So OK, maybe a lot of guys are driving European- and Japanese-made imported automobiles these days, but that shouldn't stop any car buff from wanting to partake of Russ Banham's The Ford Century: Ford Motor Company and the Innovations That Shaped the World. Banham, a business writer for magazines such as Forbes and Time, offers a readable and consistently interesting text that charts the history of the industry giant, from Henry Ford's first Quadricycle, constructed in a brick shed in the rear of his Detroit home, to the company's more recent advancements in SUV and truck design. But Banham doesn't merely describe the Ford product here. We also learn all about the generations of the Ford family and their recurring role in the business; the development of assembly-line manufacturing; labor issues; safety and environmental modifications; high-profile management figures such as Lee Iacocca; Ford's presence on the racing-car scene; and the company's role as a vital cog in military production during wartime. The accompanying photographs wonderfully illustrate Banham's corporate history. Many of these images, drawn from private collections and the Ford Archives, have never been published, and they are remarkable in their variety and their scope, including advertising art, pertinent views of items of pop culture and rare photos of Henry I hanging out with his buddy Thomas Edison. Of course, the car photos are purely captivating, especially a center section featuring a color cavalcade of models ranging from the 1914 Model T, to the 1941 Lincoln Continental, to the 1955 Thunderbird, to the 1964 Aston Martin DB5 (James Bond's favorite mode of transport), on up to the 1991 Ford Explorer. In many ways, the history of Ford Motor Company is the history of modern American business. This rare volume's conscious attempt to place Ford and its products within the American sociocultural context is hugely successful.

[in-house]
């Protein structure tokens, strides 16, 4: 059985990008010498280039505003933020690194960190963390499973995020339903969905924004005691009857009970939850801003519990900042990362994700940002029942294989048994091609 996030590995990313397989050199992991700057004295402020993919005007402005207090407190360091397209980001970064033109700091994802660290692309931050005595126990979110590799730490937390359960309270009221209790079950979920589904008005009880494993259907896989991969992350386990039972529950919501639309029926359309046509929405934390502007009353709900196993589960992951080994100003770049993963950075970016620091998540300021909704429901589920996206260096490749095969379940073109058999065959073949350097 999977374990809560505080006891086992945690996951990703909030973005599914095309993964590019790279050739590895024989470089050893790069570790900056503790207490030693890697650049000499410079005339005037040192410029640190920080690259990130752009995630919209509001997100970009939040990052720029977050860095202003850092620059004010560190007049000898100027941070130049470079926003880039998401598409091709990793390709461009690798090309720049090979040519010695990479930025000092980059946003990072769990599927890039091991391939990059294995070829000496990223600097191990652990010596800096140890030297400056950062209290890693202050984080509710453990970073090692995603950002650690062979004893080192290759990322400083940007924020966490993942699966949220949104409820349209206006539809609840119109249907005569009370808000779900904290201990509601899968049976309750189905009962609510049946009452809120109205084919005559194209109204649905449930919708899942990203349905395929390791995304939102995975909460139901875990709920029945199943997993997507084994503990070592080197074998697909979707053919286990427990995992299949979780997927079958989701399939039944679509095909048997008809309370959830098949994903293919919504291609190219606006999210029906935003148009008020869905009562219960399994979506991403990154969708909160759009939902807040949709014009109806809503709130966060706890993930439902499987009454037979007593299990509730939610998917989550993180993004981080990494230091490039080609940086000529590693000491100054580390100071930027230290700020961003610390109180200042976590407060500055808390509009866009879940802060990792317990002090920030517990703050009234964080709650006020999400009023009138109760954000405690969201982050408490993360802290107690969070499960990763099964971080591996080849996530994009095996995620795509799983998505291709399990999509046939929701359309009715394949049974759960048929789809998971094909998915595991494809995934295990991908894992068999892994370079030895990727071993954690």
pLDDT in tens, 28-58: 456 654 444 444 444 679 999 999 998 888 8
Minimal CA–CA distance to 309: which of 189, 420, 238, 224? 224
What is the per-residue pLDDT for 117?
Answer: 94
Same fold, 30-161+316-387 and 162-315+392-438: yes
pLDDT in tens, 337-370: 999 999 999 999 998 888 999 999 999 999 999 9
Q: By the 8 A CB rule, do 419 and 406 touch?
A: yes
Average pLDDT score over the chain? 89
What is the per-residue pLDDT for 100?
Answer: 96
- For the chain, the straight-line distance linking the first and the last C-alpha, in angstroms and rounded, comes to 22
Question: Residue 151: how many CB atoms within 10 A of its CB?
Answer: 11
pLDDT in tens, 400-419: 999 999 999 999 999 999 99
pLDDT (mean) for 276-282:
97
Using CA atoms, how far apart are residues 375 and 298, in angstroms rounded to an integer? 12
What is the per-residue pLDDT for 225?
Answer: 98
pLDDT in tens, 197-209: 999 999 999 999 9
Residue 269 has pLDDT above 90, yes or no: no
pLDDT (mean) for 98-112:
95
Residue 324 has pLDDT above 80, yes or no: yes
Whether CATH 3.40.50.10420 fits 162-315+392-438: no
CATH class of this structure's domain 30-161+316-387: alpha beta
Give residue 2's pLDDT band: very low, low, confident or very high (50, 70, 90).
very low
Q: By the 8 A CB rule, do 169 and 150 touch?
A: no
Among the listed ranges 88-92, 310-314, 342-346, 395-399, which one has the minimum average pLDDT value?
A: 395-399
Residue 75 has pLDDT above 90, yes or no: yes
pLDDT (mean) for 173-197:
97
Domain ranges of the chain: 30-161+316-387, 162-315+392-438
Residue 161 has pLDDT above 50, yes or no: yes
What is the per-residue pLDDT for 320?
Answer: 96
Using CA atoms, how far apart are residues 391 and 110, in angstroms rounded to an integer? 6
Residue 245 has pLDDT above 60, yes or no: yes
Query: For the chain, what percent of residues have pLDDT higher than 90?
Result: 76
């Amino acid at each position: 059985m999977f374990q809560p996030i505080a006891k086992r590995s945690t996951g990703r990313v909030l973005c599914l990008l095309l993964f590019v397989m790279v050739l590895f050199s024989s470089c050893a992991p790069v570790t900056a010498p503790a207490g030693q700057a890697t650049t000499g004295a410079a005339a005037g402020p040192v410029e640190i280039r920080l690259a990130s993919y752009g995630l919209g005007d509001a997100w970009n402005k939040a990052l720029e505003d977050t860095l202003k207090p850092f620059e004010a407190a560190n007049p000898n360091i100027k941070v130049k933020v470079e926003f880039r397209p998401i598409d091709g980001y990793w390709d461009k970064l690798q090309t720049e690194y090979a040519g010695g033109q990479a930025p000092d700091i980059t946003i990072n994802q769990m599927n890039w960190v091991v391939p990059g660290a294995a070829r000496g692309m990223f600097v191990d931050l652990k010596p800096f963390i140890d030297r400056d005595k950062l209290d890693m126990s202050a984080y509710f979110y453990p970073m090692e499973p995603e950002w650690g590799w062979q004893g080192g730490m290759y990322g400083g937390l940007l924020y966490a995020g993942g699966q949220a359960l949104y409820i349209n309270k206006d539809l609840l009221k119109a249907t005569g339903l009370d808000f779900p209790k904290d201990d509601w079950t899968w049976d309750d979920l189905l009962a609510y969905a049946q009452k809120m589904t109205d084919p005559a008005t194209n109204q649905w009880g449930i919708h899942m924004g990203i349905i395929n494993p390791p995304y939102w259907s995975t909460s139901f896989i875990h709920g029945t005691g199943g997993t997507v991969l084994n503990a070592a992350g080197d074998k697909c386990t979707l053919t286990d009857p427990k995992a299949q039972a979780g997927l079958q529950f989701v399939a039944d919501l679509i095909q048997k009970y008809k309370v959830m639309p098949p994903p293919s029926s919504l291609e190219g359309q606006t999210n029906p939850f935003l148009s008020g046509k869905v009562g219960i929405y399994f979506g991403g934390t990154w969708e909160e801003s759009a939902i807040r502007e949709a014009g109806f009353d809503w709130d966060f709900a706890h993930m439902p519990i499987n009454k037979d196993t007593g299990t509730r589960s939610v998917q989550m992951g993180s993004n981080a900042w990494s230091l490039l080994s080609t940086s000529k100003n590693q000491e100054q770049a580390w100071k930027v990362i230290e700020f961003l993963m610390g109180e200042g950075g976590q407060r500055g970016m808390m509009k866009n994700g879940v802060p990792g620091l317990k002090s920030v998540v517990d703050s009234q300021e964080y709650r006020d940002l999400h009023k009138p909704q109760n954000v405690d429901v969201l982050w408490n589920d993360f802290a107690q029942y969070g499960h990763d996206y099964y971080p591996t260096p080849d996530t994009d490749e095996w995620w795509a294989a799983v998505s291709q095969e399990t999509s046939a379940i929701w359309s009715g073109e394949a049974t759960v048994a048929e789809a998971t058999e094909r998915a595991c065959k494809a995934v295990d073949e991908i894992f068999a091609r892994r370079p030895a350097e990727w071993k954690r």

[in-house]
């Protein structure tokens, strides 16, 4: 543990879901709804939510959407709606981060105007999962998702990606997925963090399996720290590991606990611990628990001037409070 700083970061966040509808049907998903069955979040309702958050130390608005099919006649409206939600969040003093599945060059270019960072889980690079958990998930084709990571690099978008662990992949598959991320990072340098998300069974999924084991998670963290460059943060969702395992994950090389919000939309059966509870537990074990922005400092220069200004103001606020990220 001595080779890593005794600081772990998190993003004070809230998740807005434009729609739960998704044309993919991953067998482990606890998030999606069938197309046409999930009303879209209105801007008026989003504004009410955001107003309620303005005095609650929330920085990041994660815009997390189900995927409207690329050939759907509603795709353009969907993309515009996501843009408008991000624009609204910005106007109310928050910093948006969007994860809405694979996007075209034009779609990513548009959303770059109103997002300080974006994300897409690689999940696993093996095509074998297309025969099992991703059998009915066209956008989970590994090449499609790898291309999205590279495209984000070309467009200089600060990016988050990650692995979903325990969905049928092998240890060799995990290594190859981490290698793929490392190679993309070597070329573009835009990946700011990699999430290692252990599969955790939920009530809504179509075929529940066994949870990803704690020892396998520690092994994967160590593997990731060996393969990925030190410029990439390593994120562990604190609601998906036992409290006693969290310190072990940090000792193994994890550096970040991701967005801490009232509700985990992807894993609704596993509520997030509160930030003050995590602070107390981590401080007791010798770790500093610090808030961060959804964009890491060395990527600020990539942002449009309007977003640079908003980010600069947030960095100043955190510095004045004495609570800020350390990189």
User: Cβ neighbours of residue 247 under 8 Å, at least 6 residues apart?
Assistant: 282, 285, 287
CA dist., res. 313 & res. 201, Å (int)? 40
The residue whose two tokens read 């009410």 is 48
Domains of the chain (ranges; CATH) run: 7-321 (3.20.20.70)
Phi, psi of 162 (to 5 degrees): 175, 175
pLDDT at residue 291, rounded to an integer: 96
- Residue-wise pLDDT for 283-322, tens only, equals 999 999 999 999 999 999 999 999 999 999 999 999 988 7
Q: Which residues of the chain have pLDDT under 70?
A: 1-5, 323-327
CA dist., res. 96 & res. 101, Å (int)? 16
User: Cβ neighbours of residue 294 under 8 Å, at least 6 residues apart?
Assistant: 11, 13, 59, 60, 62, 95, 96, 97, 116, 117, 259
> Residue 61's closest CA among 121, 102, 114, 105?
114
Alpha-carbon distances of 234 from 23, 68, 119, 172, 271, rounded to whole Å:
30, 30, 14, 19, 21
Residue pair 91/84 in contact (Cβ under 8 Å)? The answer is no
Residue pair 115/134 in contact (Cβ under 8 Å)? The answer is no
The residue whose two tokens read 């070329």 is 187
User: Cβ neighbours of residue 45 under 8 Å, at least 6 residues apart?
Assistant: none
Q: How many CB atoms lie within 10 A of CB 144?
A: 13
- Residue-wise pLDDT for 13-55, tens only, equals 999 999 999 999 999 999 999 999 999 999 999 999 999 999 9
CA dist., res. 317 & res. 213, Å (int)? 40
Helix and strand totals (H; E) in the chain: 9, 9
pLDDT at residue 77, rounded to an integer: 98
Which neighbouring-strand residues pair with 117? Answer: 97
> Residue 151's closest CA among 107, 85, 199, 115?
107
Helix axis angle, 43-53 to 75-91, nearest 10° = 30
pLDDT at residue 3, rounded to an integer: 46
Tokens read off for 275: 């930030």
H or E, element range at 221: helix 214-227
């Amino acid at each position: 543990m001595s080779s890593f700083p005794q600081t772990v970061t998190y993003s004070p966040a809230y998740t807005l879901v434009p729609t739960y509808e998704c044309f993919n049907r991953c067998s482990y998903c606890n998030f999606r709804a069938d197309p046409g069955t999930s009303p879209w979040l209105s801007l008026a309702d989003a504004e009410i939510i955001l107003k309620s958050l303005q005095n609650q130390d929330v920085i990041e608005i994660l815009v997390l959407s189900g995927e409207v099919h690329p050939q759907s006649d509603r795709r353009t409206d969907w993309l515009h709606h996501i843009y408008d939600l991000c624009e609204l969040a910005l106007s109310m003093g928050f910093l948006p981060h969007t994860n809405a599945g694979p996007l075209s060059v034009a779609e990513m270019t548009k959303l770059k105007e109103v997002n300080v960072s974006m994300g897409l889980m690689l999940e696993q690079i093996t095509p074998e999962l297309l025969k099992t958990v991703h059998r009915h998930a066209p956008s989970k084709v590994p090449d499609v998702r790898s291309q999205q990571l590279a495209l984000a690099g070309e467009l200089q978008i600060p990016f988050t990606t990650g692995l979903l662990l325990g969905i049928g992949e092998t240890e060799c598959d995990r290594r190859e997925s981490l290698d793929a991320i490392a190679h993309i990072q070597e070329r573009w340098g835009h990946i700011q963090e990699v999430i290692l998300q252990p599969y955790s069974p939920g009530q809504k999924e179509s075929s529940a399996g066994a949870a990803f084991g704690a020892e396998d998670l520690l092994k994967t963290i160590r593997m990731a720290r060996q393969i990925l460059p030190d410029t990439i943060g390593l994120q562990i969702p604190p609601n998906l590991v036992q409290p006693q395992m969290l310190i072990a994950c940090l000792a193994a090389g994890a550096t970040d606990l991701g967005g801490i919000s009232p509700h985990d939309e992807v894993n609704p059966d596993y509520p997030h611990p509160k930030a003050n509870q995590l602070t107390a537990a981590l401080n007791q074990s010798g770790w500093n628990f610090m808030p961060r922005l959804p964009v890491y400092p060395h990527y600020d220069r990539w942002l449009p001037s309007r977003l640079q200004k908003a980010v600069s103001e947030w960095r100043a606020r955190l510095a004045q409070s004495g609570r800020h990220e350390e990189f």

Finally, for the more free-spirited motorist male, there's 100 Years of Harley-Davidson, written by Willie G. Davidson, grandson of one of the company's co-founders. Believe it or not, the famous motorcycle manufacturer's story is similar to Ford's. Run by a tight-knit family, the Harley-Davidson enterprise has been characterized by dedication to quality and a vested interest in its much smaller but incredibly loyal customer base. Davidson relates the company history with pride and clarity, discussing mechanical and styling innovations, marketing successes and failures, the rise of H-D dealerships, H-D's production of vehicles for military use, and the motorcycle's growing image as one of rebelliousness (which he primarily discounts as the by-product of exaggerated media hype). With candor, Davidson also revisits a decade-long period in the 60s and 70s when the company was sold to a multinational conglomerate, a relationship that didn't work out (the family has since regained ownership). But with all due respect to Davidson's narrative, the approximately 500 color and black-and-white photos tell the story a bit more vividly. All the pictures are stunning, especially a series of double-page spreads featuring popular cycle models, along with descriptions of stylistic innovations and a rundown of powertrain and chassis specifications. A beautiful book, as singular as Marlon Brando in The Wild One, the film that made motorcycles famous.

Martin Brady writes from Nashville.